Stonecrafters: In Stone Work, Quality Sets You Apart

Dave Hammerl knows quality isn’t a buzzword; it’s the cornerstone of his business’ success. Attention to detail guides every competitive edge in this business.

Dave Hammerl, owner of Stonecrafters in Lakemoor, has built his company upon a reputation for quality in product, tools and customer service.

There’s a good reason why Dave Hammerl puts a premium on high quality. It’s not just because that’s what clients demand from Stonecrafters, 430 W. Wegner Road in Lakemoor. It’s also because quality is this company’s competitive advantage – the thing that puts Stonecrafters a notch above other fabricators in the Chicago area.

“Anyone can take a slab of stone, cut some countertops and maybe make them fit,” says Hammerl, president of Stonecrafters. “But we’re taking it to a different level. We want a higher level of quality, a higher skill level and a higher precision.”

By focusing on the best products, the best people and the best high-tech equipment available, Hammerl and Stonecrafters are uniquely positioned in their ability to provide granite, quartz, marble, quartzite, limestone and similar products for everything from kitchens and bathrooms to exterior accents.

Detail is a common thread, and that’s by design. His clientele are the type who expect a certain result. In fact, Hammerl estimates most of his clients are managing contractors and subcontractors directly, rather than working with a remodeling firm. For this group, quality customer service goes hand-in-hand with quality results.

“It’s not always about price with homeowners,” he says. “It’s about how they feel, and do they feel you’re going to be there to do the job, finish the job and service the job if something goes wrong? Are you going to be there to take care of them?”

Hammerl’s commitment to quality stands on three prongs: tools, people and products.

For the past 10 to 15 years, he’s made a strong investment in high-tech equipment at the Lakemoor shop where Stonecrafters operates with its sister company, Liberty Limestone.

Stonecrafters sources products from highly vetted, reputable dealers with access to a variety of high-quality materials.

Computer-controlled machinery like a CNC bridge saw, a CNC router, and AutoCAD programming make it possible for these companies to mill stone with a high level of accuracy – down to the 32nd of an inch, says Hammerl.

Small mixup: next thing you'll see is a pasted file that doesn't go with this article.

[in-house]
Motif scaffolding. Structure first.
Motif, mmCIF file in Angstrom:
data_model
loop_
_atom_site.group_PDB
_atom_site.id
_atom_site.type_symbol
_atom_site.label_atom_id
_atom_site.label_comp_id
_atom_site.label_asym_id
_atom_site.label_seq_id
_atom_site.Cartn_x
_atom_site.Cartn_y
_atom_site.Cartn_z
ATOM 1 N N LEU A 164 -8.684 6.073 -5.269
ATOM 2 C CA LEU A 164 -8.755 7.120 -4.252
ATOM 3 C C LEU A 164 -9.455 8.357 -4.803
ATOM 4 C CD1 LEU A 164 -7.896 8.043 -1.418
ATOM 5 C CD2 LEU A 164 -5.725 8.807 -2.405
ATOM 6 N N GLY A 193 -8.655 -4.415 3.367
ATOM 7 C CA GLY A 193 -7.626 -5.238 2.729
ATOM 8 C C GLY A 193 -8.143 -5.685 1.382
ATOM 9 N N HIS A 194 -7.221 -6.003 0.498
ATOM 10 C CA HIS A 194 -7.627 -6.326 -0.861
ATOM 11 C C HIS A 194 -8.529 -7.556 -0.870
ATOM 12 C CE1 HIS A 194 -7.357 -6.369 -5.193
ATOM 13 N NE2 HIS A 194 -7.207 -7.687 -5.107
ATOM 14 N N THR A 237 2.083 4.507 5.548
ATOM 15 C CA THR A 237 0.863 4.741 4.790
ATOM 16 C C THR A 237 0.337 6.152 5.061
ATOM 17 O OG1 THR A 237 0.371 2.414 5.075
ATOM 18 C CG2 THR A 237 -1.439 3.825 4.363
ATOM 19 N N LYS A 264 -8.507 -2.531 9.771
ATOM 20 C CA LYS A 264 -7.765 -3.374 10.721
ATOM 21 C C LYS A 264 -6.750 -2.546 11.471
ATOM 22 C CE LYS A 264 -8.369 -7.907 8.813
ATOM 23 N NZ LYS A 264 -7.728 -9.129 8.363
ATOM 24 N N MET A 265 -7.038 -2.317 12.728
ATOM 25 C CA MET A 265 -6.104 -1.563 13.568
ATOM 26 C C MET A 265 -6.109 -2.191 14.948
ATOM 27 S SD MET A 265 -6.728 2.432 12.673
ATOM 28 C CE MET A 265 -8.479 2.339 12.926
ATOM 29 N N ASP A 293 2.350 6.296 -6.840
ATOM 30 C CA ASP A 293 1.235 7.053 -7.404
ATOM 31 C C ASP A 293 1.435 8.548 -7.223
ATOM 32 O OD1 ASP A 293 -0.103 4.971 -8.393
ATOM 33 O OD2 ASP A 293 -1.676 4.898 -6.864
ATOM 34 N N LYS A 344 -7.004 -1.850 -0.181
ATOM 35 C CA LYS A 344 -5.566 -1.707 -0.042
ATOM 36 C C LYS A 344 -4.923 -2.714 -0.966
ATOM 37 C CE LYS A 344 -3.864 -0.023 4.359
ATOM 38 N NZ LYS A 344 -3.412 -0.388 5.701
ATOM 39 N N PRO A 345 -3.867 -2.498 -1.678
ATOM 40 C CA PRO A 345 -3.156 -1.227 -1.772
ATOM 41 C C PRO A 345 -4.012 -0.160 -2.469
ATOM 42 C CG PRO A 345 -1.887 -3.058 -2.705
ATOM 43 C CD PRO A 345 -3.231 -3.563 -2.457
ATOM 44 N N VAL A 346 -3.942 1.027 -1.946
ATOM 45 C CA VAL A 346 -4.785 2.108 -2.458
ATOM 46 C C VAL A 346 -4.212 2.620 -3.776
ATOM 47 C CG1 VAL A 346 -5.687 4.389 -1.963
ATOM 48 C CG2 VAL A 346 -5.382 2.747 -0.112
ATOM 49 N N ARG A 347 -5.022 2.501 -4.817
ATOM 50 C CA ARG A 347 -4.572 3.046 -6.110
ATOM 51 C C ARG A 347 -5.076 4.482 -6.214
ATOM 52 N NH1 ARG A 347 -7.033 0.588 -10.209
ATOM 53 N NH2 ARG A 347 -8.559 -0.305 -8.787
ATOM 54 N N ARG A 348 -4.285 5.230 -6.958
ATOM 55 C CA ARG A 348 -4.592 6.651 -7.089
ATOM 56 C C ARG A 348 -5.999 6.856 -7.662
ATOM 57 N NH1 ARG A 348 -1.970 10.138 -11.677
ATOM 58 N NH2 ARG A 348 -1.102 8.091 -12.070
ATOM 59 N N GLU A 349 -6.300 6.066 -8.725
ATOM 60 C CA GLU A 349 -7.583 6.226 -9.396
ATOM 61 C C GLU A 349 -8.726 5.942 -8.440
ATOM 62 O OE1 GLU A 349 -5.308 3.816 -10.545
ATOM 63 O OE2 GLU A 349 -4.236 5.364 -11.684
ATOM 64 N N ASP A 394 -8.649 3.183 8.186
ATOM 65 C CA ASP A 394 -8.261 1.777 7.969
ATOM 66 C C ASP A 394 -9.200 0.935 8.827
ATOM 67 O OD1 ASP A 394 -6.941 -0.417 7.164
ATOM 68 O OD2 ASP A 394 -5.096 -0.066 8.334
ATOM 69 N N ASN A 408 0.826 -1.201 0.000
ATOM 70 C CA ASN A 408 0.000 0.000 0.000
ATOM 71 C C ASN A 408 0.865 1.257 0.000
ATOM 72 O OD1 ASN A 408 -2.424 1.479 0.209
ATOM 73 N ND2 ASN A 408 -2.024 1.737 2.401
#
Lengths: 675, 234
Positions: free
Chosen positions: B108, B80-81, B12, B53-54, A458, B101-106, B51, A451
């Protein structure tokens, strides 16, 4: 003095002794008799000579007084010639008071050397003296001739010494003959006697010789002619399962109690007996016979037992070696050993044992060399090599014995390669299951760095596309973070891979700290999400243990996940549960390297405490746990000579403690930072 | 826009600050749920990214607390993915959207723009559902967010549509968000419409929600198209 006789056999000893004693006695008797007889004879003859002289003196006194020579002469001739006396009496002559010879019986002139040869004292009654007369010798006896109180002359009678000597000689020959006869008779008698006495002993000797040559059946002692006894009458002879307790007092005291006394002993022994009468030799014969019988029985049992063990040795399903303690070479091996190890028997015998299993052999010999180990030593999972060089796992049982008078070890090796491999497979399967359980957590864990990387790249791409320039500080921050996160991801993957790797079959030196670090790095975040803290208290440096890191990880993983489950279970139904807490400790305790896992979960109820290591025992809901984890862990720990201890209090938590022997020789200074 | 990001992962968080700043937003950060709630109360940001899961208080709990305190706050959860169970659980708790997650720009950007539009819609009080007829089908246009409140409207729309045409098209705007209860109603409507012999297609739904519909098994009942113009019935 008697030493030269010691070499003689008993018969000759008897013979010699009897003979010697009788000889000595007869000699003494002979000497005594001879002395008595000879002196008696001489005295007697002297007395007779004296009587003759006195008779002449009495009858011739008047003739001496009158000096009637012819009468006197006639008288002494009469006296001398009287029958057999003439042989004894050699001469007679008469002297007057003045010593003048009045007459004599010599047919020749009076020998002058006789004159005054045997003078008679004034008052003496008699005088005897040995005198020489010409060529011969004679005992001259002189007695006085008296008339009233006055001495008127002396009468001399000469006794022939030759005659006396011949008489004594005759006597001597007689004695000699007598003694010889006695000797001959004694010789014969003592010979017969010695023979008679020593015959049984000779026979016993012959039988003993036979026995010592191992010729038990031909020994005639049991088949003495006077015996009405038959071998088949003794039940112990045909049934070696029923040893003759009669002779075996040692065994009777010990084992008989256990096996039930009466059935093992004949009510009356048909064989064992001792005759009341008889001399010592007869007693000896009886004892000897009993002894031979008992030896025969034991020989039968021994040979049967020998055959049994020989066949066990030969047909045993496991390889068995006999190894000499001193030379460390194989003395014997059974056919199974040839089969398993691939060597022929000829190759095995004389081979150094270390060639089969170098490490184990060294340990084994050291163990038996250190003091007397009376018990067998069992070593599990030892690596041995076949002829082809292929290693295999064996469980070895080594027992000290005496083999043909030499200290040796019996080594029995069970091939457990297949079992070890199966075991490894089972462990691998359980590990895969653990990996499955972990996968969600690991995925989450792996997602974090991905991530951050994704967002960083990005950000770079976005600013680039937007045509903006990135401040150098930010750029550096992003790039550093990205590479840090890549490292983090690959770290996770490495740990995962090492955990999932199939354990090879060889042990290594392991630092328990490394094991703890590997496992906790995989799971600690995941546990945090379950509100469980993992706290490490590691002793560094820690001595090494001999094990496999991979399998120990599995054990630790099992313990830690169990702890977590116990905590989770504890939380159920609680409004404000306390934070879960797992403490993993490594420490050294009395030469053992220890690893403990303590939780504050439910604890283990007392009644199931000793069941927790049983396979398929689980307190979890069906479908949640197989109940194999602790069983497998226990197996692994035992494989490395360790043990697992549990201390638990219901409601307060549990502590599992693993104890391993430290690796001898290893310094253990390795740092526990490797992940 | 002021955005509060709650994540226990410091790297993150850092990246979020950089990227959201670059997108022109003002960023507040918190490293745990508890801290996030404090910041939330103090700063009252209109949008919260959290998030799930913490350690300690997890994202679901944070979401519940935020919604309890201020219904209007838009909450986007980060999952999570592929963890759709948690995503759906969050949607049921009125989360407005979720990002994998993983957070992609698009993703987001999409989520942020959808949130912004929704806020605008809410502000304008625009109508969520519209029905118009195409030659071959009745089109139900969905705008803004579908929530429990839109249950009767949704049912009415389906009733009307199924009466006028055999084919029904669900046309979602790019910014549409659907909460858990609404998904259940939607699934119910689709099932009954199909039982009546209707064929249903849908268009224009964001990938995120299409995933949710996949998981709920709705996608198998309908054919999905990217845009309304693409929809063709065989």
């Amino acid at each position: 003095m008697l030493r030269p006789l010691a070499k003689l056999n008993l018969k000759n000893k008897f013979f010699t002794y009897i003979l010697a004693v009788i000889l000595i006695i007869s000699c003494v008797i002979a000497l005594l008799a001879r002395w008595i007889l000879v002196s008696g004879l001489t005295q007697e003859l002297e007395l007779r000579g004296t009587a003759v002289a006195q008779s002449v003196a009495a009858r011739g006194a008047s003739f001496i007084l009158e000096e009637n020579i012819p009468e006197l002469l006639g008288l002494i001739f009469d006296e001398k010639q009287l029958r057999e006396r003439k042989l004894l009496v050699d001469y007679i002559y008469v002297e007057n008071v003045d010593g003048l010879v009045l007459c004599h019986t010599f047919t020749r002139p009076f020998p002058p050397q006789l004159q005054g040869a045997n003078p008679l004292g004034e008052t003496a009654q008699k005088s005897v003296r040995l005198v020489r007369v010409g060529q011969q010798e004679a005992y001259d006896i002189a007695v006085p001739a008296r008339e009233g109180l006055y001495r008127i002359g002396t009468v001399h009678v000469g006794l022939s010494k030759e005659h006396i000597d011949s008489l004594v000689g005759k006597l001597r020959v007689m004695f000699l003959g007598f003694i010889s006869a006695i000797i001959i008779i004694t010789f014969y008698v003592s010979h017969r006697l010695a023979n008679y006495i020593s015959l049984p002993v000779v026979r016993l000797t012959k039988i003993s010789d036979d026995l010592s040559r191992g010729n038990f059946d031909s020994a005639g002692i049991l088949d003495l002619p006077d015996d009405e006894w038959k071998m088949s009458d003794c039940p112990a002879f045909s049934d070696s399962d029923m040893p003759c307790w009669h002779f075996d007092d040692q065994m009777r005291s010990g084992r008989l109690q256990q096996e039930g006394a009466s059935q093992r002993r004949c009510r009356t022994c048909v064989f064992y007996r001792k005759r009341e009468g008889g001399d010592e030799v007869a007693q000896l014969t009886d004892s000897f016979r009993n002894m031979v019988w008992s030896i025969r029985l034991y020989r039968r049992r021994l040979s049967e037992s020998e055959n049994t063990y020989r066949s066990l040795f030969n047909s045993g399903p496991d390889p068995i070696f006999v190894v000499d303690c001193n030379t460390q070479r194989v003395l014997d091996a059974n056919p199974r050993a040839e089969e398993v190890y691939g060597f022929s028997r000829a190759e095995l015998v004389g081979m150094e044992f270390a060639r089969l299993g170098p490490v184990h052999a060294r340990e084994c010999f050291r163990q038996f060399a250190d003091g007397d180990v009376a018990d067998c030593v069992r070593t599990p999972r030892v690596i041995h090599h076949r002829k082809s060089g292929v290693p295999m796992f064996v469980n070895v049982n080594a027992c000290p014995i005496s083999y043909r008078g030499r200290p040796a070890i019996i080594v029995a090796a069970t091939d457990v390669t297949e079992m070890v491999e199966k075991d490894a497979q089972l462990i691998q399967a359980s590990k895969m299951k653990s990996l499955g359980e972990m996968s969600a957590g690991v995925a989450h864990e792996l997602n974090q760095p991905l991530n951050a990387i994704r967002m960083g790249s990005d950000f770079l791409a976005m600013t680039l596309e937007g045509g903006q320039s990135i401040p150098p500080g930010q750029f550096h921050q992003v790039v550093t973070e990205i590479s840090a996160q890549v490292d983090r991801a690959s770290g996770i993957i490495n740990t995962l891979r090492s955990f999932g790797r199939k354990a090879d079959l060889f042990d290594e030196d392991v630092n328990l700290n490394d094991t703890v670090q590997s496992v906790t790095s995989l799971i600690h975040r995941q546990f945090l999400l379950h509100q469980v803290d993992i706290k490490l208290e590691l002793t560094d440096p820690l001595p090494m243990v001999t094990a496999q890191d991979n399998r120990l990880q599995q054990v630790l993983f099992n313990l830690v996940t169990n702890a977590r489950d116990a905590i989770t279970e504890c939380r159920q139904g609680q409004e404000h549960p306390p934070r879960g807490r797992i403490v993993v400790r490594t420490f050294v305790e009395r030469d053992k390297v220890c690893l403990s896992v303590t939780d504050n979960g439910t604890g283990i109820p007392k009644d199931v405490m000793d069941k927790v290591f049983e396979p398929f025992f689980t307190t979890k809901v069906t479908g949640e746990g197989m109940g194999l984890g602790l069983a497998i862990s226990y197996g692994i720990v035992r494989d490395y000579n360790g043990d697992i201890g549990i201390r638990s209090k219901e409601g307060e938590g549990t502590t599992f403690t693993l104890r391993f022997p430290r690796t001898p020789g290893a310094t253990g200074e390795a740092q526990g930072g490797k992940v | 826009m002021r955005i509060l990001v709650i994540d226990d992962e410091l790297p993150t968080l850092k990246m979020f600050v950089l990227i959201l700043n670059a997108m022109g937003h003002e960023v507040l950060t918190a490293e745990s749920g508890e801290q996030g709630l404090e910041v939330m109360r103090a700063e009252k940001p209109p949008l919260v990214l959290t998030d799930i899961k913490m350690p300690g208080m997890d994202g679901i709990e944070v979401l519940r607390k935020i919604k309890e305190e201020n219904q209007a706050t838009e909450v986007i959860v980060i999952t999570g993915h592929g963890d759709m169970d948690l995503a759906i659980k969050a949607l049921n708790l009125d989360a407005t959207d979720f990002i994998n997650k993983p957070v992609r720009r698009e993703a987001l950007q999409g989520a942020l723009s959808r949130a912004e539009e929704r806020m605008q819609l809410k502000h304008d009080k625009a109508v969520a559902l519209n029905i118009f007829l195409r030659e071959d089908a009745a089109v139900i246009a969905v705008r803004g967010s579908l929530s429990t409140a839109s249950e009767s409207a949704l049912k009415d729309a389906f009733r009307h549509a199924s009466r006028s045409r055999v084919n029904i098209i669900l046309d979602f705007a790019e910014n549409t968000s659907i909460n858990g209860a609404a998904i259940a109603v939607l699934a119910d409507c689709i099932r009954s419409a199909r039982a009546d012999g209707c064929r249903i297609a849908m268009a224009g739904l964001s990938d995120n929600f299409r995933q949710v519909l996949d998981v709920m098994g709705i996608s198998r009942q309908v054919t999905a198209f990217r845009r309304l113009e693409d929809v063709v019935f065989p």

“It helps us to reach a higher level of consistency and a higher level of finish,” he adds.

All of that high-tech equipment also requires a higher-skilled worker, which is what you’ll find among the nearly 30 people on the Stonecrafters team. These days, there’s less of an emphasis on craftsmanship and handiwork than on machinery and programming skill – which is what’s demanded from the high-tech tools at their disposal.

While the shop crew is a highly technical bunch, their peers on the installation crew need both technical skill and a touch of customer service. For this team, Hammerl seeks high-level carpenters and stone installers who can master a certain approach to details. New employees are carefully vetted to ensure they meet those high expectations. There’s little room for sloppy work, poor customer service and bad habits

“If they don’t meet our expectations, we don’t keep them onboard very long. We let them go,” says Hammerl. “We don’t play around with quality.”

The same can be said for the Stonecrafters product. Hammerl prioritizes premium suppliers who have a reputation for quality. This relationship has many advantages for Hammerl and his customers. Not only is he confident in the quality of the product, but he can more easily – and cost-effectively – locate unusual products when called upon.

Sometimes, clients find a stone that catches their attention online, but it’s sold by an unfamiliar dealer in some faraway city. It sounds great, until Hammerl explains that shipping the stone may cost as much as the job itself. That’s not the case with his trusted vendors.